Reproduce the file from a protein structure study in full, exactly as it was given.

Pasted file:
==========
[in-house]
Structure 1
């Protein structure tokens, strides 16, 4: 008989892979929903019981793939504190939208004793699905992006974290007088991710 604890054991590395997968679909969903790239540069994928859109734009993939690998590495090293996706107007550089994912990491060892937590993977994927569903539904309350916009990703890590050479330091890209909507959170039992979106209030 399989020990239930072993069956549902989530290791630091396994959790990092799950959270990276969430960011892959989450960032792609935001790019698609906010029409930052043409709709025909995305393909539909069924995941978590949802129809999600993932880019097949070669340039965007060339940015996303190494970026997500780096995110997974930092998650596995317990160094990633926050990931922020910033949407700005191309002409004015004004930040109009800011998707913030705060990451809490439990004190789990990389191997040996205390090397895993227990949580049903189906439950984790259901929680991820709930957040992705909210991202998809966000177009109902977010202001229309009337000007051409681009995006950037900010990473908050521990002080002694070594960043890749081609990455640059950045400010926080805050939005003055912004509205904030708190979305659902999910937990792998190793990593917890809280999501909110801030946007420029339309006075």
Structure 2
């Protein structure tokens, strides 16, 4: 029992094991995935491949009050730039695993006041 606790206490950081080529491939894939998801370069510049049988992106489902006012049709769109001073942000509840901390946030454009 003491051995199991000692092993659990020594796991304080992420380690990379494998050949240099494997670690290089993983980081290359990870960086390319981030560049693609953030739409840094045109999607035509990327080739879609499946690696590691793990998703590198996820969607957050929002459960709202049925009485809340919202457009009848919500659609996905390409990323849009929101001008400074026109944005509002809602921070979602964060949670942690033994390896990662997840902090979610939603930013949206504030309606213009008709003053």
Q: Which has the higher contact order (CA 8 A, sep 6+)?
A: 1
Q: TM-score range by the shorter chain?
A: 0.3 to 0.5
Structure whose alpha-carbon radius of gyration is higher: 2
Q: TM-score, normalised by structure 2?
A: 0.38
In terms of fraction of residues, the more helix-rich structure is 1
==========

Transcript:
[in-house]
Structure 1
């Protein structure tokens, strides 16, 4: 008989892979929903019981793939504190939208004793699905992006974290007088991710 604890054991590395997968679909969903790239540069994928859109734009993939690998590495090293996706107007550089994912990491060892937590993977994927569903539904309350916009990703890590050479330091890209909507959170039992979106209030 399989020990239930072993069956549902989530290791630091396994959790990092799950959270990276969430960011892959989450960032792609935001790019698609906010029409930052043409709709025909995305393909539909069924995941978590949802129809999600993932880019097949070669340039965007060339940015996303190494970026997500780096995110997974930092998650596995317990160094990633926050990931922020910033949407700005191309002409004015004004930040109009800011998707913030705060990451809490439990004190789990990389191997040996205390090397895993227990949580049903189906439950984790259901929680991820709930957040992705909210991202998809966000177009109902977010202001229309009337000007051409681009995006950037900010990473908050521990002080002694070594960043890749081609990455640059950045400010926080805050939005003055912004509205904030708190979305659902999910937990792998190793990593917890809280999501909110801030946007420029339309006075």
Structure 2
């Protein structure tokens, strides 16, 4: 029992094991995935491949009050730039695993006041 606790206490950081080529491939894939998801370069510049049988992106489902006012049709769109001073942000509840901390946030454009 003491051995199991000692092993659990020594796991304080992420380690990379494998050949240099494997670690290089993983980081290359990870960086390319981030560049693609953030739409840094045109999607035509990327080739879609499946690696590691793990998703590198996820969607957050929002459960709202049925009485809340919202457009009848919500659609996905390409990323849009929101001008400074026109944005509002809602921070979602964060949670942690033994390896990662997840902090979610939603930013949206504030309606213009008709003053």
Q: Which has the higher contact order (CA 8 A, sep 6+)?
A: 1
Q: TM-score range by the shorter chain?
A: 0.3 to 0.5
Structure whose alpha-carbon radius of gyration is higher: 2
Q: TM-score, normalised by structure 2?
A: 0.38
In terms of fraction of residues, the more helix-rich structure is 1